How to Grow and Care for Parlor Palms
Got a corner that needs filling or a sunroom that’s begging for a touch of green? Then it’s time you got acquainted with the parlor palm (Chamaedorea elegans), sometimes also called Neanthe bella palm or Victorian parlor palm for its popularity in Victorian-era sitting rooms. Its tropical, slender fronds grow more or less upright, reaching about four feet in height indoors and making the parlor palm the perfect occupant for a floor planter. The best part? Caring for it is really simple. Here’s how.
How to pot your parlor palm
This one is super straightforward: Rodale’s “Encyclopedia of Indoor Gardening” advises using your favorite well-draining organic potting mix for parlor palms. Pots with drainage holes make watering easier.
The best conditions for your parlor palm
Water: Like most houseplants, parlor palms like damp (but not wet or soggy) soil. Stick your index finger in the pot down to your second knuckle. If it feels damp, don’t water yet. If it’s dry, add water until it flows out of the drainage holes in the bottom of the pot. Houseplant care site Epic Gardening recommends watering in a circle around the base of the plant to prevent dry spots in the soil, which can cause the plant to drop fronds.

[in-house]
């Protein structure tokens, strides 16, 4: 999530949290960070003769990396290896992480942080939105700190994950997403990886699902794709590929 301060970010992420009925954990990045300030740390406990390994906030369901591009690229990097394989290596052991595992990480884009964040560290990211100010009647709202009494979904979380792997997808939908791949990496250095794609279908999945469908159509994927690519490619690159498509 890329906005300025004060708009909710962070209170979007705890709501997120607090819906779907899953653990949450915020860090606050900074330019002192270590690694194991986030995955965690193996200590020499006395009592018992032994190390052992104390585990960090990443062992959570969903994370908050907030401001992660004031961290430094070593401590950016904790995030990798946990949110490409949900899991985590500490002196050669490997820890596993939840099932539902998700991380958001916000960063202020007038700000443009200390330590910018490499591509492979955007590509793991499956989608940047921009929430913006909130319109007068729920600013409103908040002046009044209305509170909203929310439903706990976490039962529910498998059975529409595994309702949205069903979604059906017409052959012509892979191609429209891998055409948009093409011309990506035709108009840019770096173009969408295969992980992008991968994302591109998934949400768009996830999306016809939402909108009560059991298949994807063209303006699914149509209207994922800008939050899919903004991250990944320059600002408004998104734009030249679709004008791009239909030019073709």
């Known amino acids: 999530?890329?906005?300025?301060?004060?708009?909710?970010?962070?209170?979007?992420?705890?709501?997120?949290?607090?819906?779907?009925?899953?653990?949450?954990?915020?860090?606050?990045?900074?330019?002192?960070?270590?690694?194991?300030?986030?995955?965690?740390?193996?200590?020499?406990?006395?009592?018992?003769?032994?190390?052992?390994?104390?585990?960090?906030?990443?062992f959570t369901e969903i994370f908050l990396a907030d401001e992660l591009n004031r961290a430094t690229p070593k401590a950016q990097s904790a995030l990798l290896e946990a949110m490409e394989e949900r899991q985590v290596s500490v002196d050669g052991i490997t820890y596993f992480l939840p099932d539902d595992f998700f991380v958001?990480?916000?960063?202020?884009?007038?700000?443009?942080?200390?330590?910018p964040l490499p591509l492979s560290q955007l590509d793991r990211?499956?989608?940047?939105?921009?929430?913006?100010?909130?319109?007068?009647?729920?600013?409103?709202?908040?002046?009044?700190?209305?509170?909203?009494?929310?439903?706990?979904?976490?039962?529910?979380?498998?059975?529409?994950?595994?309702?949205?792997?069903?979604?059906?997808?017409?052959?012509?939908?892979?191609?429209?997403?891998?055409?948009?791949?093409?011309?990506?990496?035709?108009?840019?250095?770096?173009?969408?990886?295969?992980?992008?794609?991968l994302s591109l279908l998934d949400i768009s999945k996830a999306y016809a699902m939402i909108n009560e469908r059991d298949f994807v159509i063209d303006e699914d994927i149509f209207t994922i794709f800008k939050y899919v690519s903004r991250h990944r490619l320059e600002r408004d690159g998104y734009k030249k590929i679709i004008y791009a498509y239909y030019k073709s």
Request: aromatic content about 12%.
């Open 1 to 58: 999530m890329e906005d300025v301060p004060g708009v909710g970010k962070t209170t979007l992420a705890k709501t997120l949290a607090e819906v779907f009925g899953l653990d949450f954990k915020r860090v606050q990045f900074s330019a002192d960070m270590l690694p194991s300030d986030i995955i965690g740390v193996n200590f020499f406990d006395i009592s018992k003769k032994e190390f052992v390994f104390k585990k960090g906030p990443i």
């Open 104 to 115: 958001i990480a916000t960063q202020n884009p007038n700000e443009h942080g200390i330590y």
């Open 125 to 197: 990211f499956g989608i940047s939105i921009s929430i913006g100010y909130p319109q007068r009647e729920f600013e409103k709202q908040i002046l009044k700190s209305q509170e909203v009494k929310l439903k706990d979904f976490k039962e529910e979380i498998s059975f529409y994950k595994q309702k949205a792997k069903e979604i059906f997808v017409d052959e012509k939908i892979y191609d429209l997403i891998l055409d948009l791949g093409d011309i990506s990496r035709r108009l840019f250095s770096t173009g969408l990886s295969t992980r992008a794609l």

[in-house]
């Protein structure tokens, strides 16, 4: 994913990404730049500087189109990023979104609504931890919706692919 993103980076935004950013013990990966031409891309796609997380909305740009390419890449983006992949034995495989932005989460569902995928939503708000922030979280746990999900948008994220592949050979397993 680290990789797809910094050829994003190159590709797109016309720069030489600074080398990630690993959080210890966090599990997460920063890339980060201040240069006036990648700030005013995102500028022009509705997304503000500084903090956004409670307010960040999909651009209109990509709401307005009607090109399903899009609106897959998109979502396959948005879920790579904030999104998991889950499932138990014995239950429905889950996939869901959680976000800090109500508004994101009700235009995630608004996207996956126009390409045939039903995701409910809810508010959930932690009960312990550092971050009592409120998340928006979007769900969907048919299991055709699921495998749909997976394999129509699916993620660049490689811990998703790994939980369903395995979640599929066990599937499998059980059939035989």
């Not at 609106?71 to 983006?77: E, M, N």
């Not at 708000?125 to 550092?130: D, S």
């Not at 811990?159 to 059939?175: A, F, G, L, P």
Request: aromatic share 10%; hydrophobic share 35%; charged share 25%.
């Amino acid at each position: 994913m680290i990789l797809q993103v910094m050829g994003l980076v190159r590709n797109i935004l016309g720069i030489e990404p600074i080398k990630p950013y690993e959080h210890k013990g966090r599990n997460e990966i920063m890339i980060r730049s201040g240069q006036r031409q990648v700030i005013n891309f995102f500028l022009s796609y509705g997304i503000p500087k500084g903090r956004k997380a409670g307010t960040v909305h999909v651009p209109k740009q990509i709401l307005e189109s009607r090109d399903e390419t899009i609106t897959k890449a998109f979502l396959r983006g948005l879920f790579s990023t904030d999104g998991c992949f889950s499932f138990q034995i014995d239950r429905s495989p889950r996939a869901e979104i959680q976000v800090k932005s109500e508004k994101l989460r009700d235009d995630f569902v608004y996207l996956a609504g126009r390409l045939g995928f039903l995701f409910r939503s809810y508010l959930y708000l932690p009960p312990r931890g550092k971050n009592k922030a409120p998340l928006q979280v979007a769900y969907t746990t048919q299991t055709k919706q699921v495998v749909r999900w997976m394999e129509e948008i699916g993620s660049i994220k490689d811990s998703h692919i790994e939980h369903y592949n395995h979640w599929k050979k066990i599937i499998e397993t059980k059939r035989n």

Light and location: Parlor palms need bright light, but not too much of it. Direct sun leads to wilting and overly dry soil, but light that’s too low will stunt growth. Epic Gardening offers this handy tip: If you parlor palm casts a shadow, it’s getting enough light.
Err on the side of less light if you’re unsure. Rodale’s recommends an east-facing window, but opt for a north-facing window over south if choosing between the two.
Temperature: Parlor palms prefer temperatures in the range of 65-70 degrees indoors. Your plant may also enjoy moving outdoors for the summer months when temperatures are above 65 degrees at night. Select a partially shady spot out of direct sun.
Fertilization: Rodale’s recommends feeding parlor palms once every two weeks during the growing season with a liquid fertilizer or fish emulsion. Use half as much as the directions suggests to avoid salt buildup.
Good news! Parlor palms are nontoxic to cats and dogs, according to the American Society for the Prevention of Cruelty to Animals (ASPCA).